Luck, blame, and desert

Philosophical Studies 169 (2):313-332 (2014)
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Abstract

T.M. Scanlon has recently proposed what I term a ‘double attitude’ account of blame, wherein blame is the revision of one’s attitudes in light of another person’s conduct, conduct that we believe reveals that the individual lacks the normative attitudes we judge essential to our relationship with her. Scanlon proposes that this account justifies differences in blame that in turn reflect differences in outcome luck. Here I argue that although the double attitude account can justify blame’s being sensitive to outcome luck, it cannot justify allocating blame differently when agents with the same attitudes differ only with respect to the luck-based outcomes of their actions. However, Scanlon’s own contractualist theory of morality can be invoked to show that the double attitude account is compatible with blame-based sanctions (e.g., compensation mandated when negligence or reckless result in harm) being sensitive to outcome luck. The resultant view of blame and luck remains desert-based while making sense of the common intuition that differences in outcome luck can matter to how lucky and unlucky individuals are justifiably treated

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Michael Cholbi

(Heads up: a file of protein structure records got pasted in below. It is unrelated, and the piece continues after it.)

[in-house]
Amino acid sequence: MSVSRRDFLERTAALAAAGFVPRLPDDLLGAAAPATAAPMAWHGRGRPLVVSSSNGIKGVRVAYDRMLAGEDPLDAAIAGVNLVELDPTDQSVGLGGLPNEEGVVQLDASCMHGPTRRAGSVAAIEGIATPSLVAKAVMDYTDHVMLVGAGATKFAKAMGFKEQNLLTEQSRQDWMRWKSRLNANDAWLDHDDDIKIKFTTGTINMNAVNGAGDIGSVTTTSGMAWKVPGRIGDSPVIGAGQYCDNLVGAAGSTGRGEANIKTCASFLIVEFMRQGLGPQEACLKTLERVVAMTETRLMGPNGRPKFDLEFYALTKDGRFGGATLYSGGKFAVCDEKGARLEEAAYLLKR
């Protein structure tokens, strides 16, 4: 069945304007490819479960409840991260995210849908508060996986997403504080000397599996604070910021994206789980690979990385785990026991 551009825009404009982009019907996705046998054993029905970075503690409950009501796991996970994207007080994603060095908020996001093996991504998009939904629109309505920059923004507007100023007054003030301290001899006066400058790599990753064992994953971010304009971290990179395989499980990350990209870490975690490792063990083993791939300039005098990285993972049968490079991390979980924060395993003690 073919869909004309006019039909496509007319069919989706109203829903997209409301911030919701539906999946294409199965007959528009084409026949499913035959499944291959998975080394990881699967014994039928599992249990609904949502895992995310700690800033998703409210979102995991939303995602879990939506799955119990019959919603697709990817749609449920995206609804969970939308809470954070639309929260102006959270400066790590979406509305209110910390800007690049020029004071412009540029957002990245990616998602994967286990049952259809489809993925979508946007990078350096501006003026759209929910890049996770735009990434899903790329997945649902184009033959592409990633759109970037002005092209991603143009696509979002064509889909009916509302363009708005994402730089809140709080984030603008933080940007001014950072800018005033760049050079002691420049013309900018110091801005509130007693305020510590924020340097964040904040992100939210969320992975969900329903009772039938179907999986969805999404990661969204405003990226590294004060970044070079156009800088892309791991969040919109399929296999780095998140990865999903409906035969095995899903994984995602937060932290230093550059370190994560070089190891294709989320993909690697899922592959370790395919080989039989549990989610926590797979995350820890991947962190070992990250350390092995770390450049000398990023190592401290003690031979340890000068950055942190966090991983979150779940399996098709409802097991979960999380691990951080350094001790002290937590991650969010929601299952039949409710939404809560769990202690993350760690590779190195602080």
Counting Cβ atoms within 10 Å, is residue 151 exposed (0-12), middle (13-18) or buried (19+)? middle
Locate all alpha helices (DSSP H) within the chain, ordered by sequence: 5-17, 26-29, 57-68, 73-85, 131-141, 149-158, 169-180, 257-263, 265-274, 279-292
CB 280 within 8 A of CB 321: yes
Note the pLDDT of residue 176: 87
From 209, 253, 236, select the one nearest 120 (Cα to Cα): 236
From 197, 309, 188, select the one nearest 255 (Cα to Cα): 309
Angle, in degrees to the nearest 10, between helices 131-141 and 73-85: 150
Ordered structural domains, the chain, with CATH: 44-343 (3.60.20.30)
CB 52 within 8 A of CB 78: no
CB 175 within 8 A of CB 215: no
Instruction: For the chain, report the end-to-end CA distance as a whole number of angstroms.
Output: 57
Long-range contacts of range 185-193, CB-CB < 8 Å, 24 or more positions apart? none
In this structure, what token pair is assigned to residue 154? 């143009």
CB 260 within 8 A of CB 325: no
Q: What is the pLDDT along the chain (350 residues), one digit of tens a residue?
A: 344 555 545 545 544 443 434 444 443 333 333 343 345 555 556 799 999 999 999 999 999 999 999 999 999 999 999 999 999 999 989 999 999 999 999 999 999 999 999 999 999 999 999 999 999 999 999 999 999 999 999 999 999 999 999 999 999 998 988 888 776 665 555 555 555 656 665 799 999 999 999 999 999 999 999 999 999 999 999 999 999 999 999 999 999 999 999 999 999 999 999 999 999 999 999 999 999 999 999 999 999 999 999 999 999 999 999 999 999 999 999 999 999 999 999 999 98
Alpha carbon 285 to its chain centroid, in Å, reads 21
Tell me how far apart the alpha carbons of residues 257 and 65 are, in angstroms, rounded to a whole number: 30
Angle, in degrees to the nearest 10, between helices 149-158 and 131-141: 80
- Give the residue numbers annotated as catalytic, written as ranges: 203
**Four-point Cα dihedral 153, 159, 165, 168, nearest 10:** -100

University of Edinburgh

Citations of this work

Accepting Moral Luck.Robert J. Hartman - 2019 - In Ian M. Church & Robert J. Hartman (eds.), The Routledge Handbook of the Philosophy and Psychology of Luck. New York: Routledge.
The Attributionist Approach to Moral Luck.Matthew Talbert - 2019 - Midwest Studies in Philosophy 43 (1):24-41.
A problem for moral luck.Steven D. Hales - 2015 - Philosophical Studies 172 (9):2385-2403.
Salience, Imagination, and Moral Luck.Nathan Stout - 2017 - Philosophical Papers 46 (2):297-313.

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References found in this work

What we owe to each other.Thomas Scanlon - 1998 - Cambridge: Belknap Press of Harvard University Press.
Freedom and Resentment.Peter Strawson - 1962 - Proceedings of the British Academy 48:187-211.
Moral dimensions: permissibility, meaning, blame.Thomas Scanlon - 2008 - Cambridge, Mass.: Belknap Press of Harvard University Press.
What We Owe to Each Other.Thomas Scanlon - 2002 - Mind 111 (442):323-354.

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